Lawmakers react to shootings, as POTUS calls for bipartisan change

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KNOXVILLE, Tenn. (WATE) – President Trump delivered a somber speech from the White House Monday following two shooting rampages in El Paso, Texas and Dayton, Ohio. The scourge left more than 30 people killed and dozens injured.

The 12-hour span of violence has prompted lawmakers around the county to speak out on proactive solutions, rather than reactive sentiments of grief.

RELATED: Trump vows urgent action after shootings, offers few details

Trump offered up solutions his administration will pursue to combat the problem:

  • better identify the warning signs of mass shootings/act before tragedies happen
  • cultural change, stop glorifying violence in platforms such as video games
  • mental health reform, pave the way toward better treatment
  • instruct Department of Justice to make hate crimes punishable by death penalty

“I am open and ready to listen and discuss all ideas that will actually work and make a very big difference. Republicans and Democrats have proven that we can join together in a bipartisan fashion to address this plague,” the President said.

U.S. Rep. Chuck Fleischmann (R-District 3) sent a statement Monday that read:

“I grieve alongside the communities affected by the unconscionable acts of violence this past weekend. There is no place in our society for white nationalism and we must act as one to root out this evil.
In Congress, I have supported the Fix NICS Act, to address flaws in our existing background check system. The rights of law-abiding citizens should not be infringed upon or curtailed because of failures to enforce existing laws. While protecting the Second Amendment rights of Americans, we must come together to address issues of access to mental health resources and a toxic culture of violence in our society. When each party goes to their respective ideological corners, we fail to mend the divisions and prevent tragedy. I am ready and willing to have productive conversations regarding mental illness disorders and overcome these challenges as a nation.”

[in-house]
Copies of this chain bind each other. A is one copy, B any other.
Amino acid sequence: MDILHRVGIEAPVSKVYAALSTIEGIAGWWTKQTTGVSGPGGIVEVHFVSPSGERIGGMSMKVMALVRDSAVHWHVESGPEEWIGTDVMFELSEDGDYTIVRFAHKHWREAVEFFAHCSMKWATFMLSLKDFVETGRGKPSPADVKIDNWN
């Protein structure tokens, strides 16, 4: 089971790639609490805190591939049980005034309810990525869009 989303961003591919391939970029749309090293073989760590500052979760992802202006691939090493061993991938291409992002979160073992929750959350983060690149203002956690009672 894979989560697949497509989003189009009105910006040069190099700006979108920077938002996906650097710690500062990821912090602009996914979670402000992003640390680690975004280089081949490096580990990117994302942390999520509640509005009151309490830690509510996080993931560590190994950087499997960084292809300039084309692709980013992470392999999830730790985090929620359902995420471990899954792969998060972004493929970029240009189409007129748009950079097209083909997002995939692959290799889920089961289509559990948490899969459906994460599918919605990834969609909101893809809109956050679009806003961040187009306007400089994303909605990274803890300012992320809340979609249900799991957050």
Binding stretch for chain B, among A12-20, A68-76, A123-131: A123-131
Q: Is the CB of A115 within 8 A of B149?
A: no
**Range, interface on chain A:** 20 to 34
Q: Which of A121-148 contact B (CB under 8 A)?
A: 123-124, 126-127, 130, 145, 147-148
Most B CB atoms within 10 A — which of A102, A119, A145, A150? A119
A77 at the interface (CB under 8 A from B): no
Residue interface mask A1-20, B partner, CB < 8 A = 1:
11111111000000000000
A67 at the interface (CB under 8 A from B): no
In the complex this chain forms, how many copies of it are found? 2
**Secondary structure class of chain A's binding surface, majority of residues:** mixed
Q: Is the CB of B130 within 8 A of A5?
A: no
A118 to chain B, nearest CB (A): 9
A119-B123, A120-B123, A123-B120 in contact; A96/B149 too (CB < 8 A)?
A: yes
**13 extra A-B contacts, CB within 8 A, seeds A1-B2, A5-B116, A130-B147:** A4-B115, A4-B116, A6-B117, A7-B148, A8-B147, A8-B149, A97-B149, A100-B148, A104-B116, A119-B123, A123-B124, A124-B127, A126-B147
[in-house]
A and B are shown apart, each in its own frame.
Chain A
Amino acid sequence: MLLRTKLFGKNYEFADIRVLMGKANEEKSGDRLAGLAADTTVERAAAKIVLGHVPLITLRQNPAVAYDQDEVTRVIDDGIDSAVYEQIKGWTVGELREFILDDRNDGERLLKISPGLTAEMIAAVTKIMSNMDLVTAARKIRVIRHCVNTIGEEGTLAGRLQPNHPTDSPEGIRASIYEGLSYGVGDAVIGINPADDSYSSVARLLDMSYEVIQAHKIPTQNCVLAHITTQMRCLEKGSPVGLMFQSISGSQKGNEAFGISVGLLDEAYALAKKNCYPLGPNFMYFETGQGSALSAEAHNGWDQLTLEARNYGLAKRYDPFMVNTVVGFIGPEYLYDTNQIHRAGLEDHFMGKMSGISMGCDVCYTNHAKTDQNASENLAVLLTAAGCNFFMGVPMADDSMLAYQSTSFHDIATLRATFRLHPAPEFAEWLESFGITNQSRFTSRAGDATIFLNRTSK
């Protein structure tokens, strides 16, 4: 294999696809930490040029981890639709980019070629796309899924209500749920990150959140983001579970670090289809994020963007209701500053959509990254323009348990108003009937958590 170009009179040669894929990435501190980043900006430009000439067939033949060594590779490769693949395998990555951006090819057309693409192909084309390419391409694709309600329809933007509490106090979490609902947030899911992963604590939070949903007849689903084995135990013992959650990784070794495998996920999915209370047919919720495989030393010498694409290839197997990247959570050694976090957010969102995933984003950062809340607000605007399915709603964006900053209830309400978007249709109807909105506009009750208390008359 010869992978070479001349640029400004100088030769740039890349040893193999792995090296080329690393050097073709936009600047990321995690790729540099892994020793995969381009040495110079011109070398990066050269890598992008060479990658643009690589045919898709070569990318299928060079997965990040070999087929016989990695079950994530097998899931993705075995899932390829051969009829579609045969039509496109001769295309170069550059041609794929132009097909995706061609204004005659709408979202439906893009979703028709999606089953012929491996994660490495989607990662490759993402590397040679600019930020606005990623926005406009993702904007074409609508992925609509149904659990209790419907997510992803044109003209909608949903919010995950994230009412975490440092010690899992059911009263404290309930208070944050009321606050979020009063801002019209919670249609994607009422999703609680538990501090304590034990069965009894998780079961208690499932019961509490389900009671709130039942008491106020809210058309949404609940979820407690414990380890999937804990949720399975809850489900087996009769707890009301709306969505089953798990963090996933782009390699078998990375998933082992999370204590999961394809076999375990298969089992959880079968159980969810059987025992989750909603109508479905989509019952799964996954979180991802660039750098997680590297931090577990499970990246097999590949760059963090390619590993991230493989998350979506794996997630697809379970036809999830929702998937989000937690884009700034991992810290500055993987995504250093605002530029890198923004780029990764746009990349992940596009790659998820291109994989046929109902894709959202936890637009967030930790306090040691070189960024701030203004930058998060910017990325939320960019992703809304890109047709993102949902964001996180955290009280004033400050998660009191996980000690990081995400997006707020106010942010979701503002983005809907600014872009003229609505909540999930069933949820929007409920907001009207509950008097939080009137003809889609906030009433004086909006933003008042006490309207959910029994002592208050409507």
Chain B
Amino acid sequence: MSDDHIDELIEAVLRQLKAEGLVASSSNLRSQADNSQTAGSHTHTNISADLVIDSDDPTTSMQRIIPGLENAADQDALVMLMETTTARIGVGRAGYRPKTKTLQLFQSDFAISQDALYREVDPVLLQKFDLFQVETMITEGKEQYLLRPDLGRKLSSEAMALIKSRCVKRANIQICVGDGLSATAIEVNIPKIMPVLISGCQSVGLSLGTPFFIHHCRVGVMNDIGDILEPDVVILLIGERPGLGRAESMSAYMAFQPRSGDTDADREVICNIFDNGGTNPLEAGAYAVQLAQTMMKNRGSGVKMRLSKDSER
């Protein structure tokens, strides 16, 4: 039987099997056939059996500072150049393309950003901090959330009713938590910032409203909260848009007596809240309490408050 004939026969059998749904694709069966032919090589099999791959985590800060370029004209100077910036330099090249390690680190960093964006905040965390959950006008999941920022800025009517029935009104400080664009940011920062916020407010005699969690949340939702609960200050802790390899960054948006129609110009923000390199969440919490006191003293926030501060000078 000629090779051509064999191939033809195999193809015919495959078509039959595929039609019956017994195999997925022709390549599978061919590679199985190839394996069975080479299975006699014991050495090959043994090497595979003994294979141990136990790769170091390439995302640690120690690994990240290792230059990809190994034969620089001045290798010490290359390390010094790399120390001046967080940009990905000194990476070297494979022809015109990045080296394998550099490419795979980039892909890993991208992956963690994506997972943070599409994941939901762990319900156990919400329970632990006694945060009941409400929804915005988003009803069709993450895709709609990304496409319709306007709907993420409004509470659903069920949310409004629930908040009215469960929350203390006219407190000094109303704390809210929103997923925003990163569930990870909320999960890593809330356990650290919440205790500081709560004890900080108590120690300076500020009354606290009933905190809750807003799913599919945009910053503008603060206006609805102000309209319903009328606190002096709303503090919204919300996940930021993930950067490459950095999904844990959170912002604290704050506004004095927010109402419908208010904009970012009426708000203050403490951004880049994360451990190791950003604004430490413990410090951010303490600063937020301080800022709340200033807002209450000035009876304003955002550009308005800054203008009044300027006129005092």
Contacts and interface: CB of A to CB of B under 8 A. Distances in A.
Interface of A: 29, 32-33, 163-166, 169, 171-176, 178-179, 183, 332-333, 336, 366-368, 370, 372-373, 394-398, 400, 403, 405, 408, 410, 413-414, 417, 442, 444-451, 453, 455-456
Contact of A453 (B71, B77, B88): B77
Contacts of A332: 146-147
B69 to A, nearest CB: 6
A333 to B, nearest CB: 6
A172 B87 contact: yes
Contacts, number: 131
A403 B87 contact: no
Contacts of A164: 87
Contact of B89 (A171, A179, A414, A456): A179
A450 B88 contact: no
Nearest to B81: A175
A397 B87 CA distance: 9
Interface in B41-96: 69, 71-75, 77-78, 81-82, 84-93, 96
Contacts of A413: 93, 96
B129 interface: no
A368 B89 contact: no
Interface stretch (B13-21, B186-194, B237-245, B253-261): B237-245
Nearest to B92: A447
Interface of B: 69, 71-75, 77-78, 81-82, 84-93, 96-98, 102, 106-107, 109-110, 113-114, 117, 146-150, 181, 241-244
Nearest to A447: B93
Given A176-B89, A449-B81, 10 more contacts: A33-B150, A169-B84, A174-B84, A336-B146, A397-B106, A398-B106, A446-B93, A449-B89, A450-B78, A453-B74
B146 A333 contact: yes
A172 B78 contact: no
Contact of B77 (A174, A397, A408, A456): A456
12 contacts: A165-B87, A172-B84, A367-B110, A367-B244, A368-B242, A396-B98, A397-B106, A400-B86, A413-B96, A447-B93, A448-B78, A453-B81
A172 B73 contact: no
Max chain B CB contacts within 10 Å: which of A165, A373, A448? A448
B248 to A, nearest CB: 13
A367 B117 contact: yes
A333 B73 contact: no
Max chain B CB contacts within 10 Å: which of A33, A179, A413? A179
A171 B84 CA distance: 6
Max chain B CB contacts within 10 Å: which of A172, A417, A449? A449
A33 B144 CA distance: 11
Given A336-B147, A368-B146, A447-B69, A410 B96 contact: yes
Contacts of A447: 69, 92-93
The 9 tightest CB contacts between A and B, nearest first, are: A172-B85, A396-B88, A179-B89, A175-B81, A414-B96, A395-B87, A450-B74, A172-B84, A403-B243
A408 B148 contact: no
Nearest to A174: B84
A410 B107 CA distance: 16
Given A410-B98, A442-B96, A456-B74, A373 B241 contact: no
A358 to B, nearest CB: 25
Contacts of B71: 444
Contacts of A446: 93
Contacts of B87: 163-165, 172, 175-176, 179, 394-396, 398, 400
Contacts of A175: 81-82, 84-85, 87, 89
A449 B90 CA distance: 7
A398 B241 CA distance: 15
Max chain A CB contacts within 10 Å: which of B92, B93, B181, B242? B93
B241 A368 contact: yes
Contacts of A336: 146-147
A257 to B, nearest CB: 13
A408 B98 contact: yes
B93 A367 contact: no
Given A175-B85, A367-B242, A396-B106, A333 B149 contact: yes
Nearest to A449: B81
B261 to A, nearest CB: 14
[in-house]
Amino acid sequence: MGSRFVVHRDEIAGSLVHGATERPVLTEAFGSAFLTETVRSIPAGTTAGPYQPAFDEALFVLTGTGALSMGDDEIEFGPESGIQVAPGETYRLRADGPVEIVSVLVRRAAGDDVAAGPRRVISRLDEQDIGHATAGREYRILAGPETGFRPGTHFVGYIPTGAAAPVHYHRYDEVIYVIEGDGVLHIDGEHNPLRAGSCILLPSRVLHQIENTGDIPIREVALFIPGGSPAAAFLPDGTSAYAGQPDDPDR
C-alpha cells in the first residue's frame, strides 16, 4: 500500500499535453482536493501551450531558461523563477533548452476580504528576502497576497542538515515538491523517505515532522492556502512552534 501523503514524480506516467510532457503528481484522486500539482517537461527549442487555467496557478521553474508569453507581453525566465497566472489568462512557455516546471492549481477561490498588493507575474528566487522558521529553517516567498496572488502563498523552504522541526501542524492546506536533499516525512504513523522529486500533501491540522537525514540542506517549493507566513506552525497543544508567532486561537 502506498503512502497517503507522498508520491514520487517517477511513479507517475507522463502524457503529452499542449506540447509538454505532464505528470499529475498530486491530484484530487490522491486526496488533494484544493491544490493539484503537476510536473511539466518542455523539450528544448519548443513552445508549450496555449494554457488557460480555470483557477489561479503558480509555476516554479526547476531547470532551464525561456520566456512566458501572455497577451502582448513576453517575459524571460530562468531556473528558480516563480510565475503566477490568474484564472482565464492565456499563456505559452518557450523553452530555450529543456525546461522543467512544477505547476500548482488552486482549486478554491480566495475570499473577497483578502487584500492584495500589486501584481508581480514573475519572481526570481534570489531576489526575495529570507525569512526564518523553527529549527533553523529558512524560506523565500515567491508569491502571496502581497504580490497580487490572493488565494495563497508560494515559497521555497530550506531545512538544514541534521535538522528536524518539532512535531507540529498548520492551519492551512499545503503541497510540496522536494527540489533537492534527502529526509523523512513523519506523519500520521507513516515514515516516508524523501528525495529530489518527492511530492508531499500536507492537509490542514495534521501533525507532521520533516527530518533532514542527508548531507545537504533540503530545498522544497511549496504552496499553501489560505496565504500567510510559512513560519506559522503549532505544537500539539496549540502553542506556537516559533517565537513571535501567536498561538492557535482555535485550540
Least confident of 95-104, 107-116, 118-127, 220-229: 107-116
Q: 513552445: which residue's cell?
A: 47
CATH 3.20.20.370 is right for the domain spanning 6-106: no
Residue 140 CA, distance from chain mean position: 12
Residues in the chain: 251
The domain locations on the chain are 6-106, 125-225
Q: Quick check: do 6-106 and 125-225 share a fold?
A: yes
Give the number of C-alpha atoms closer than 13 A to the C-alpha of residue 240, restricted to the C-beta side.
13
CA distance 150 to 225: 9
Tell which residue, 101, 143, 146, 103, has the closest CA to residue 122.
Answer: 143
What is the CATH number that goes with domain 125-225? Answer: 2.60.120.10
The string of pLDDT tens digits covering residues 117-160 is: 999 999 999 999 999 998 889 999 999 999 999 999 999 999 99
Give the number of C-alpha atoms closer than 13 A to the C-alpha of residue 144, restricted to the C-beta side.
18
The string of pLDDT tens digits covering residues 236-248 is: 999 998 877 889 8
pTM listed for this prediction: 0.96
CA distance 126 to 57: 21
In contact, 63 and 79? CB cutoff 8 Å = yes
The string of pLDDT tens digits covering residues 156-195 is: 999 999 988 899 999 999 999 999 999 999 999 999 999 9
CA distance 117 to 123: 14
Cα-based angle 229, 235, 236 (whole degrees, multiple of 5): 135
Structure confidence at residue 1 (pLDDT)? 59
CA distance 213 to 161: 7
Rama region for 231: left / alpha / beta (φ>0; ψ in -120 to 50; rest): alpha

Rep. Tim Burchett (R-District 2) wrote:

“The senseless mass killings in El Paso and Dayton are tragic and inexcusable. As the president said, hate has no place in our country, and I want to, once again, clearly and unequivocally condemn white supremacy in all forms. The issue of mass violence that our nation faces must be addressed, but we must also be unwavering in defense of our Constitutional rights, as fear has usurped more freedom than any tyrant ever has. We need to empower family members and law enforcement to act on the early warning signs that often present themselves well in advance of such senseless tragedies. I stand ready to work with my House colleagues to address this issue.”

U.S. Senator Marsha Blackburn (R-TN) also released a statement Monday:

“The mass shootings in El Paso and Dayton were horrific tragedies perpetrated by evil individuals, and I condemn all forms of hate and hateful acts of any kind. The actions of law enforcement officers and first responders in stopping both shooters saved lives and allowed the wounded to get immediate care.
“We will work with the President to continue addressing this issue in a comprehensive manner by giving law enforcement the tools they need to reduce gun violence, while also respecting the constitutional rights of law abiding citizens. The issue of mental health will also require further examination. We should look into how to expand providing proper treatment and facilities for the severely mentally ill. Last year, Congress passed the Fix NICS Act, which banned the use of bump stocks and strengthened reporting requirements for the National Instant Criminal Background Check System (NICS) and the Department of Justice. There is much more work to be done.
“My deepest sympathy and prayers go out to the victims and those injured.”

House Speaker Nancy Pelosi and Senate Minority Leader Chuck Schumer released a joint statement Monday, it read:

“In February, the new Democratic House Majority promptly did its duty and passed the Bipartisan Background Checks Act of 2019, which is supported by more than 90 percent of the American people and proven to save lives.

“However, Senate Republican Leader Mitch McConnell has called himself the ‘grim reaper’ and refuses to act on this bipartisan legislation. It is incumbent upon the Senate to come back into session to pass this legislation immediately.

“It took less than three hours for the President to back off his call for stronger background check legislation. When he can’t talk about guns when he talks about gun violence, it shows the President remains prisoner to the gun lobby and the NRA.

“The public must weigh in and demand passage of this legislation for the safety of our children.”

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